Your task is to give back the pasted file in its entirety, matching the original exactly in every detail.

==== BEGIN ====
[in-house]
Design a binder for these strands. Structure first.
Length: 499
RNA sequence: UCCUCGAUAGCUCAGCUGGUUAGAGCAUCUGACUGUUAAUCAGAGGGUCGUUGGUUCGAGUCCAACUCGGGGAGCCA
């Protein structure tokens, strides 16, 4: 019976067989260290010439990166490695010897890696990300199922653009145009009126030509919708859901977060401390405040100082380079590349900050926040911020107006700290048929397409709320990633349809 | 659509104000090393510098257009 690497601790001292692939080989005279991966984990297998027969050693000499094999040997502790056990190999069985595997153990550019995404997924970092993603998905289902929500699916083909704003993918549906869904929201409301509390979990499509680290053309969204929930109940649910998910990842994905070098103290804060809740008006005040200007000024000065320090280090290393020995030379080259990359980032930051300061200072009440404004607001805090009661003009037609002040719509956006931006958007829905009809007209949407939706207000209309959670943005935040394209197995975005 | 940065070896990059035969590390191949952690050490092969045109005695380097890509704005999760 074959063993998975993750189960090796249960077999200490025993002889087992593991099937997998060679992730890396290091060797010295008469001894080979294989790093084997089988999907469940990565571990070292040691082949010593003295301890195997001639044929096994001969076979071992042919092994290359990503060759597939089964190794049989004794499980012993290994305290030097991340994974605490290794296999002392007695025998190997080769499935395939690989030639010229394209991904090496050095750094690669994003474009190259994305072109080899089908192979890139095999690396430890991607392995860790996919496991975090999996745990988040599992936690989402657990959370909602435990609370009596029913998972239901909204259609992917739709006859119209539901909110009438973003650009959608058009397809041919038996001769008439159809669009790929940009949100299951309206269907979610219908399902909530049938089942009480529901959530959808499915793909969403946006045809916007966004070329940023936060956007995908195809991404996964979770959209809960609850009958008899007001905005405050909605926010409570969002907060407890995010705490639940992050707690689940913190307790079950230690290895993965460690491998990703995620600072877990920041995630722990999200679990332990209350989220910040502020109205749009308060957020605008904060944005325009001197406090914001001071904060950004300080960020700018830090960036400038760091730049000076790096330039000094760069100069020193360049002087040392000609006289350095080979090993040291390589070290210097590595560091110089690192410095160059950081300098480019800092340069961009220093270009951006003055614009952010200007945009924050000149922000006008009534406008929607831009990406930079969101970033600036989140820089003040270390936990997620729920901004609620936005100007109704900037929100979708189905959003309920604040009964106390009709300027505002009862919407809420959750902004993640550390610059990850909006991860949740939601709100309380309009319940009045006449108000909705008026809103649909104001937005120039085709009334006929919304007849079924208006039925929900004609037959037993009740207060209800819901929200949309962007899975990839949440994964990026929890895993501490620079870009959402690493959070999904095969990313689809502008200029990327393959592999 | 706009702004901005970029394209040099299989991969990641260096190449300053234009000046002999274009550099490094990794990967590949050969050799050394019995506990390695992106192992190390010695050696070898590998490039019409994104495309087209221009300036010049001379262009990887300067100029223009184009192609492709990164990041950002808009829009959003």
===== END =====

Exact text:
[in-house]
Design a binder for these strands. Structure first.
Length: 499
RNA sequence: UCCUCGAUAGCUCAGCUGGUUAGAGCAUCUGACUGUUAAUCAGAGGGUCGUUGGUUCGAGUCCAACUCGGGGAGCCA
């Protein structure tokens, strides 16, 4: 019976067989260290010439990166490695010897890696990300199922653009145009009126030509919708859901977060401390405040100082380079590349900050926040911020107006700290048929397409709320990633349809 | 659509104000090393510098257009 690497601790001292692939080989005279991966984990297998027969050693000499094999040997502790056990190999069985595997153990550019995404997924970092993603998905289902929500699916083909704003993918549906869904929201409301509390979990499509680290053309969204929930109940649910998910990842994905070098103290804060809740008006005040200007000024000065320090280090290393020995030379080259990359980032930051300061200072009440404004607001805090009661003009037609002040719509956006931006958007829905009809007209949407939706207000209309959670943005935040394209197995975005 | 940065070896990059035969590390191949952690050490092969045109005695380097890509704005999760 074959063993998975993750189960090796249960077999200490025993002889087992593991099937997998060679992730890396290091060797010295008469001894080979294989790093084997089988999907469940990565571990070292040691082949010593003295301890195997001639044929096994001969076979071992042919092994290359990503060759597939089964190794049989004794499980012993290994305290030097991340994974605490290794296999002392007695025998190997080769499935395939690989030639010229394209991904090496050095750094690669994003474009190259994305072109080899089908192979890139095999690396430890991607392995860790996919496991975090999996745990988040599992936690989402657990959370909602435990609370009596029913998972239901909204259609992917739709006859119209539901909110009438973003650009959608058009397809041919038996001769008439159809669009790929940009949100299951309206269907979610219908399902909530049938089942009480529901959530959808499915793909969403946006045809916007966004070329940023936060956007995908195809991404996964979770959209809960609850009958008899007001905005405050909605926010409570969002907060407890995010705490639940992050707690689940913190307790079950230690290895993965460690491998990703995620600072877990920041995630722990999200679990332990209350989220910040502020109205749009308060957020605008904060944005325009001197406090914001001071904060950004300080960020700018830090960036400038760091730049000076790096330039000094760069100069020193360049002087040392000609006289350095080979090993040291390589070290210097590595560091110089690192410095160059950081300098480019800092340069961009220093270009951006003055614009952010200007945009924050000149922000006008009534406008929607831009990406930079969101970033600036989140820089003040270390936990997620729920901004609620936005100007109704900037929100979708189905959003309920604040009964106390009709300027505002009862919407809420959750902004993640550390610059990850909006991860949740939601709100309380309009319940009045006449108000909705008026809103649909104001937005120039085709009334006929919304007849079924208006039925929900004609037959037993009740207060209800819901929200949309962007899975990839949440994964990026929890895993501490620079870009959402690493959070999904095969990313689809502008200029990327393959592999 | 706009702004901005970029394209040099299989991969990641260096190449300053234009000046002999274009550099490094990794990967590949050969050799050394019995506990390695992106192992190390010695050696070898590998490039019409994104495309087209221009300036010049001379262009990887300067100029223009184009192609492709990164990041950002808009829009959003």